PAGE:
Dynamic Routing Framework for Wireless Sensor Networks [chapter]

Mukundan Venkataraman, Mainak Chatterjee, Kevin Kwiat
2010 Sustainable Wireless Sensor Networks  
Numerous routing protocols have been proposed for wireless sensor networks. Each such protocol carries with it a set of assumptions about the traffic type that it caters to, and hence has limited interoperability. Also, most protocols are validated over workloads which only form a fraction of an actual deployment's requirement. Most real world and commercial deployments, however, would generate multiple traffic types simultaneously throughout the lifetime of the network. For example, most
more » ... example, most deployments would want all of the following to happen concurrently from the network: periodic reliable sense and disseminate, real time streams, patched updates, network reprogramming, query-response dialogs, mission critical alerts and so on. Naturally, no one routing protocol can completely cater to all of a deployments requirements. This chapter presents a routing framework that captures the communication intent of an application by using just three bits. The traditional routing layer is replaced with a collection of routing components that can cater to various communication patterns. The framework dynamically switches routing component for every packet in question. Data structure requirements of component protocols are regularized, and core protocol features are distilled to build a highly composable collection of routing modules. This creates a framework for developing, testing, integrating, and validating protocols that are highly portable from one deployment to another. Communication patterns can be easily described to lower layer protocols using this framework. One such real world application scenario is also investigated: that of predictive maintenance (PdM). The requirements of a large scale PdM are used to generate a fairly complete and realistic traffic workload to drive an evaluation of such a framework. balanced communication, aggregation centric approaches (19) and so on to name a few. Each such protocol typically optimizes a certain set of chosen parameters in making routing decisions, and is likewise validated over a workload that only generates that type of network traffic. This means that a deployment that adopts any given protocol has to build its entire deployment logic using the traffic type for which the protocol is optimized. To make sensornets a viable solution to real world problems, applications need to be built on top of arbitrary communication patterns, often with conflicting requirements. For example, a meaningful case of habitat monitoring would mostly demand all of the following communication patterns to co-exist: periodic network reports using reliable sense and disseminate, critical real time alerts when anomaly is detected, aggregation to suppress duplicates, network reprogramming to transfer bulk data, patched updates for continuous customization of the sensornet, best effort communication to transfer redundant information, interactivity with the network in the form of request-reply dialogs and so on. Naturally, no one routing protocol can cater to such varied application requirements within a given deployment. In other words, a given deployment can be viewed as a collection of various tasks (applications) which have very different, and often conflicting, communication requirements. The deployment goal is met when the goals of its constituent applications are fulfilled. Secondly, there is little synergy across research efforts. Pressed by scarcity of energy and a need to focus on performance, protocols are developed with little thoughts to modularity and interoperability. Though a new application deployment would have a plethora of routing protocols to choose from, these protocols cannot be readily wired together to form a communicating framework due to compatibility problems. Compatibility problems largely arise because of the assumptions made on interface and data structure requirements. In general, and as Culler et. at. (5) note, a framework for testing, integrating and proposing protocols is largely missing. This chapter presents a routing framework that makes an application's communication requirements visible to the lower layers, and allows activation of application specific processing. The traditional routing layer is replaced by a highly composable collection of routing decisions. Now, the routing logic is dynamically wired as per each packets requirements. The effectiveness of this strategy is demonstrated by gathering requirements and validating a fairly complete deployment scenario: predictive maintenance (PdM) using sensornets (15). Protocol Description Routing Framework Overview Application payload presents a three bit preamble to the framework that describes it communication intent, The framework dynamically switches routing decisions based on the preamble bits. The routing layer is now a composable set of routing components that perform similar functions, but are optimized for different classes of traffic. The routing components carry a similar three bit signature that lets the framework know their applicability for a certain class of traffic. The selection of a routing component is hence a mapping between what the application demands and what the component has to offer. The routing components house core protocol features that cater to a particular application type. This allows components to evolve independently, and owing to their composable nature, allows seamless migration from one deployment experience to another. To unify interface assumptions, the routing components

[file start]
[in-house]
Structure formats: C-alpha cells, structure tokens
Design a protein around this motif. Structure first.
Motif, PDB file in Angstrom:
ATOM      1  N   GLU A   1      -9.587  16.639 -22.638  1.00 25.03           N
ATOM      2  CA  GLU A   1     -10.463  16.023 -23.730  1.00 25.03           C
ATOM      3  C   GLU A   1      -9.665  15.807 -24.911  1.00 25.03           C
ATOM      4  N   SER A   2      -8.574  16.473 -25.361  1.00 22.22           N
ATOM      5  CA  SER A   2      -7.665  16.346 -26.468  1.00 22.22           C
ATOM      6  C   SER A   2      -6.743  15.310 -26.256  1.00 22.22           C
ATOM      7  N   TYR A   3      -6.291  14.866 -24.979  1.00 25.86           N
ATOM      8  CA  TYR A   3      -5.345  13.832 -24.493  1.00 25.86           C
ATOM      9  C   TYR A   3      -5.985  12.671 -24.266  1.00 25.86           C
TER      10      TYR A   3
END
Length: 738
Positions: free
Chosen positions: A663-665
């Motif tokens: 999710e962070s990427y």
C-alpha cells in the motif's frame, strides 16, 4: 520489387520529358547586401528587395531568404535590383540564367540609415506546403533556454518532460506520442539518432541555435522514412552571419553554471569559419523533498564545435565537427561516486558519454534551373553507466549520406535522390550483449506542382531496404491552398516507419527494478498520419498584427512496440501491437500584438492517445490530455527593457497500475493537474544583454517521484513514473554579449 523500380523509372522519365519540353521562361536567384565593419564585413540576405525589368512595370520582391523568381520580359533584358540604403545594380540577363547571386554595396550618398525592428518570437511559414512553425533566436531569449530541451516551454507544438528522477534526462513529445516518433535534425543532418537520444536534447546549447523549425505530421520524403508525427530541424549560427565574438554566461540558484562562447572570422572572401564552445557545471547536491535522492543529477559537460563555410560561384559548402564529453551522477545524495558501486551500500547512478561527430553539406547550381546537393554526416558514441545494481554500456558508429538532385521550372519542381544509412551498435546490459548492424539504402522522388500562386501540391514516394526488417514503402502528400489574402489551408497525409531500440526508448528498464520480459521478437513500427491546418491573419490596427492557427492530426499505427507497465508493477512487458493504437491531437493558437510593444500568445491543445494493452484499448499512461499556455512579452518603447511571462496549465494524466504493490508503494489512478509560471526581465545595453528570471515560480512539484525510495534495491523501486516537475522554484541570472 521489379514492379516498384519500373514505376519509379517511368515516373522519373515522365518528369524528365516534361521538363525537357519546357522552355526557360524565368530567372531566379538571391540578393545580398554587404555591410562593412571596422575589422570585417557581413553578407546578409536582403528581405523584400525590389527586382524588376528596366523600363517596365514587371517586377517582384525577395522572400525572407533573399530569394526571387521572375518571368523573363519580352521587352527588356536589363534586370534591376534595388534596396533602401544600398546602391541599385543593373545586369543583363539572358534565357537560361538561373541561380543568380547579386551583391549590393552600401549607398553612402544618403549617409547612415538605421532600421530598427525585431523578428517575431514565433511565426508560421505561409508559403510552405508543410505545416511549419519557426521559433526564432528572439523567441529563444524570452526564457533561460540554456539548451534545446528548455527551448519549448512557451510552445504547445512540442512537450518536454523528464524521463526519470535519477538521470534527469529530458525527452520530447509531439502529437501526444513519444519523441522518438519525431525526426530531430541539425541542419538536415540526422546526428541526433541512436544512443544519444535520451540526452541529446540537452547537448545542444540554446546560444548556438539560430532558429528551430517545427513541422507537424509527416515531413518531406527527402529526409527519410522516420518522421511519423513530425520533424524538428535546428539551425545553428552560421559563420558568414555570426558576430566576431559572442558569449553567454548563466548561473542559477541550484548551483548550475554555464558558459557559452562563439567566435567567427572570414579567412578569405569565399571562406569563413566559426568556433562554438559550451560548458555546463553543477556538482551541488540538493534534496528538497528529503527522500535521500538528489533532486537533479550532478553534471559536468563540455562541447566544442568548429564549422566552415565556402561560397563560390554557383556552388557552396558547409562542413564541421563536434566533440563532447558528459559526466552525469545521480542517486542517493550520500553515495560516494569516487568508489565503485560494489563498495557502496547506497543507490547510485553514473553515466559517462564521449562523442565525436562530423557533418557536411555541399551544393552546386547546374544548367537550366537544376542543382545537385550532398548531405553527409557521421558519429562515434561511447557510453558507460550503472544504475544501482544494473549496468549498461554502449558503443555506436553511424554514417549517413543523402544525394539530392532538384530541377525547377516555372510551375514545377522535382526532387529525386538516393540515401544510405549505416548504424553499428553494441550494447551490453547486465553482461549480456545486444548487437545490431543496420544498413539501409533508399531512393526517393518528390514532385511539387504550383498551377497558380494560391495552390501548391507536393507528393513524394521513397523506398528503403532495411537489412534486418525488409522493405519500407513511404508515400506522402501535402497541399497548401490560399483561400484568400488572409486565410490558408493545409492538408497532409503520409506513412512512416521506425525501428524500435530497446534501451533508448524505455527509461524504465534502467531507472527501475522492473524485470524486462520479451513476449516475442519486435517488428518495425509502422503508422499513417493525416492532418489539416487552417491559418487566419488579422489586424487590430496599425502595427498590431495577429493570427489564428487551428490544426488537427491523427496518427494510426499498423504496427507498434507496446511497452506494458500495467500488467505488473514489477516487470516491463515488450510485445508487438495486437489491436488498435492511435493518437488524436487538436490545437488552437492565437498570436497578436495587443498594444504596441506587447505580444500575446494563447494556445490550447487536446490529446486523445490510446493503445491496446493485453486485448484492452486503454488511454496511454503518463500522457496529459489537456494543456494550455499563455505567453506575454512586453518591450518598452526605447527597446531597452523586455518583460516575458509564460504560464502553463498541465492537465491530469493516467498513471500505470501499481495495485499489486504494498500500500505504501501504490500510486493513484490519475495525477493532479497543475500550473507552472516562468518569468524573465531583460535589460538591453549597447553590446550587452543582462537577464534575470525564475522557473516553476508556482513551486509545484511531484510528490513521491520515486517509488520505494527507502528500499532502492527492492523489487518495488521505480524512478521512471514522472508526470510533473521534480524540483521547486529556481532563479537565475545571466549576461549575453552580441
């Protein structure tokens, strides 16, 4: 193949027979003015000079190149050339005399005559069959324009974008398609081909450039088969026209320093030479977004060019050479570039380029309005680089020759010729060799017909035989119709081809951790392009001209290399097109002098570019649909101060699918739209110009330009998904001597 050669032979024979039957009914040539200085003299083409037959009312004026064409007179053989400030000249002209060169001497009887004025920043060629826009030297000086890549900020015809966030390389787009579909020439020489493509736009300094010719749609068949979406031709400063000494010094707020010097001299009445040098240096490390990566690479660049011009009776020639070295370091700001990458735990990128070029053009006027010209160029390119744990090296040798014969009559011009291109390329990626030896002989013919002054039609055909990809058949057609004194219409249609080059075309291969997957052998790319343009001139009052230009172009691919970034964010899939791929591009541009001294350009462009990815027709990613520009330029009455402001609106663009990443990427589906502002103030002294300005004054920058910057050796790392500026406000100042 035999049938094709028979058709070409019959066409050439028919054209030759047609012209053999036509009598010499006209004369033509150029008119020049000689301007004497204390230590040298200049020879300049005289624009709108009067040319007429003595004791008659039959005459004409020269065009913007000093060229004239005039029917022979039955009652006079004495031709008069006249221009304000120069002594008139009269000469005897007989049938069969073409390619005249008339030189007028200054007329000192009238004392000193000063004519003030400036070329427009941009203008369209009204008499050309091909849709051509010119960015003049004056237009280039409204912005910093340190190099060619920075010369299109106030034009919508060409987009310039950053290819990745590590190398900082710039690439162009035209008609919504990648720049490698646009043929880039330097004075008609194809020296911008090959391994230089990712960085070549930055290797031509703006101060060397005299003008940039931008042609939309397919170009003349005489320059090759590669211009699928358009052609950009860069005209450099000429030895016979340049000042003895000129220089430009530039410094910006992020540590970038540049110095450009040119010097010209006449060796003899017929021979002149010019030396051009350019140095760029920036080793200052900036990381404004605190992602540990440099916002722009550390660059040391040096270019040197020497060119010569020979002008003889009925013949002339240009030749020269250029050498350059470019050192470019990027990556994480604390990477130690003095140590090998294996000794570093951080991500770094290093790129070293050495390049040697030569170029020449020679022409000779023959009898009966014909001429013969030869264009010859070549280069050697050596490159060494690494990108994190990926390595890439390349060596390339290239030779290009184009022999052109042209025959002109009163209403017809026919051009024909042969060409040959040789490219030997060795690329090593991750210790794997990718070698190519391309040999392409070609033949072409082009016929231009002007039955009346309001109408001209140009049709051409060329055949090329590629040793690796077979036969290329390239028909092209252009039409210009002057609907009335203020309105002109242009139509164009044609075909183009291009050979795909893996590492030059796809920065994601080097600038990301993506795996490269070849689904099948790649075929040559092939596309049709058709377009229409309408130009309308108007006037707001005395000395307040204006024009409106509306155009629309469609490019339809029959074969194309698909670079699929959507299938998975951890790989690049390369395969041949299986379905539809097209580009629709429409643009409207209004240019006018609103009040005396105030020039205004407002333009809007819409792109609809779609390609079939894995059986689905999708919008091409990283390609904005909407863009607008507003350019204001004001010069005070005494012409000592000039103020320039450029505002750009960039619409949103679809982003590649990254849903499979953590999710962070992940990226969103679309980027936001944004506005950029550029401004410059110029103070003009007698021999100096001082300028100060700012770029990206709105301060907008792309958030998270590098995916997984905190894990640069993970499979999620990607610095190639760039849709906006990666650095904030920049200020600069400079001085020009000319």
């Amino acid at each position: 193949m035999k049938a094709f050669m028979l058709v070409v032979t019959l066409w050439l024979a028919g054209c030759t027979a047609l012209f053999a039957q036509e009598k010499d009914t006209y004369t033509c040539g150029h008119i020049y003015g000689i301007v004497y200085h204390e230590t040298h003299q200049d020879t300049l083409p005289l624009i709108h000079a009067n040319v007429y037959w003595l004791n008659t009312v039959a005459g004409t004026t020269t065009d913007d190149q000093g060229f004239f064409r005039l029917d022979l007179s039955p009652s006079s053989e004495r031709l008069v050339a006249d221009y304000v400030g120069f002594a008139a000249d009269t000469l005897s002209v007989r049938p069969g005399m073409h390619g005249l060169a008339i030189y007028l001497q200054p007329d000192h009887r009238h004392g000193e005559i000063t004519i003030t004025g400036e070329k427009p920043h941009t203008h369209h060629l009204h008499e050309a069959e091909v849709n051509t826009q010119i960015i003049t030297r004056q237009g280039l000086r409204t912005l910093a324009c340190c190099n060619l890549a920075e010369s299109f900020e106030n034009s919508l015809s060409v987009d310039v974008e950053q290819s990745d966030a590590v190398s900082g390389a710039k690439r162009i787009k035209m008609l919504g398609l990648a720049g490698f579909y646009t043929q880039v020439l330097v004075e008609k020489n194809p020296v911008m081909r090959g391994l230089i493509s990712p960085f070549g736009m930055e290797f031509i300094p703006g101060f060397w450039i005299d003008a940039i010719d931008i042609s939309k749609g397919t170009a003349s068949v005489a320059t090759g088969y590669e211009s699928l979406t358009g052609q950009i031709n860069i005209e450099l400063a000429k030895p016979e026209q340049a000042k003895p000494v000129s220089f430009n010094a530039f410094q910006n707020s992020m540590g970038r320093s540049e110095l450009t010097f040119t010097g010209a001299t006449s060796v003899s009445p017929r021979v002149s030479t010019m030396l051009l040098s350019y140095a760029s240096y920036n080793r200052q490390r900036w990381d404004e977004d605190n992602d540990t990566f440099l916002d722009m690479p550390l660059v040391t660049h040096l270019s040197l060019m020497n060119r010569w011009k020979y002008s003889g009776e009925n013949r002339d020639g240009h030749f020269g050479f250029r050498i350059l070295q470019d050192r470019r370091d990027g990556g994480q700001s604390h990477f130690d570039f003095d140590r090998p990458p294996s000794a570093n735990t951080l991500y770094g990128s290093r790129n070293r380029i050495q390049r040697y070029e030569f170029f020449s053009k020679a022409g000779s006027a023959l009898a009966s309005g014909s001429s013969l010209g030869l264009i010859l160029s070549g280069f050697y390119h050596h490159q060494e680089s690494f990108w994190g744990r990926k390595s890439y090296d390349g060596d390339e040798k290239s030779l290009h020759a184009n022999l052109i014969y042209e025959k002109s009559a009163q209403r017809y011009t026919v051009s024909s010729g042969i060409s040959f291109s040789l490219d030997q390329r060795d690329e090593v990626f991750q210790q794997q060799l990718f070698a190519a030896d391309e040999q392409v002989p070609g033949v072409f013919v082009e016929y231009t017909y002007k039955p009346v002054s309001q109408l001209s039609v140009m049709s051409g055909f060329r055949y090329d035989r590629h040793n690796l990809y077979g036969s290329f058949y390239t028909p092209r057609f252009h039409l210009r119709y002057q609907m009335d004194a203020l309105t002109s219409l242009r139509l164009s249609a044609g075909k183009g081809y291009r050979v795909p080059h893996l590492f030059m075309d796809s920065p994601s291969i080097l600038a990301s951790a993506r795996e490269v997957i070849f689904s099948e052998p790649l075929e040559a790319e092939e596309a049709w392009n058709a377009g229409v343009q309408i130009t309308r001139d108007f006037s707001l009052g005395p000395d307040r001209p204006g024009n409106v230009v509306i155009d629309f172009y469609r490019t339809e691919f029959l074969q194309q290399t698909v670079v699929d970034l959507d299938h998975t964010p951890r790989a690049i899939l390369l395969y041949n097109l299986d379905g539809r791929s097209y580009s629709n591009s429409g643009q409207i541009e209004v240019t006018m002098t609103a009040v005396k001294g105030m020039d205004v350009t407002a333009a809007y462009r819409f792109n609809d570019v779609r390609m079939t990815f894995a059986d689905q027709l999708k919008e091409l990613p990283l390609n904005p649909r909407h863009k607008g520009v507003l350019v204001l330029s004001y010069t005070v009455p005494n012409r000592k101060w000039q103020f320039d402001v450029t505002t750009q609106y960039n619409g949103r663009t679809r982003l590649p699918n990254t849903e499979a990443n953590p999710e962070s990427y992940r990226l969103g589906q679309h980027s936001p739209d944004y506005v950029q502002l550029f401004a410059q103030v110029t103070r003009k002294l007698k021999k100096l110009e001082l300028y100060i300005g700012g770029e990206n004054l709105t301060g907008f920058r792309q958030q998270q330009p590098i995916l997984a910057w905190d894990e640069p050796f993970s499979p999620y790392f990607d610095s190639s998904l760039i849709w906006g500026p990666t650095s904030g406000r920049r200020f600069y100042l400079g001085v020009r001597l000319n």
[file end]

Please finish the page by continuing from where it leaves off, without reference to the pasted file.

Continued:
doi:10.5772/13495 fatcat:jzkl2icuojabvmhc2iubbd7dly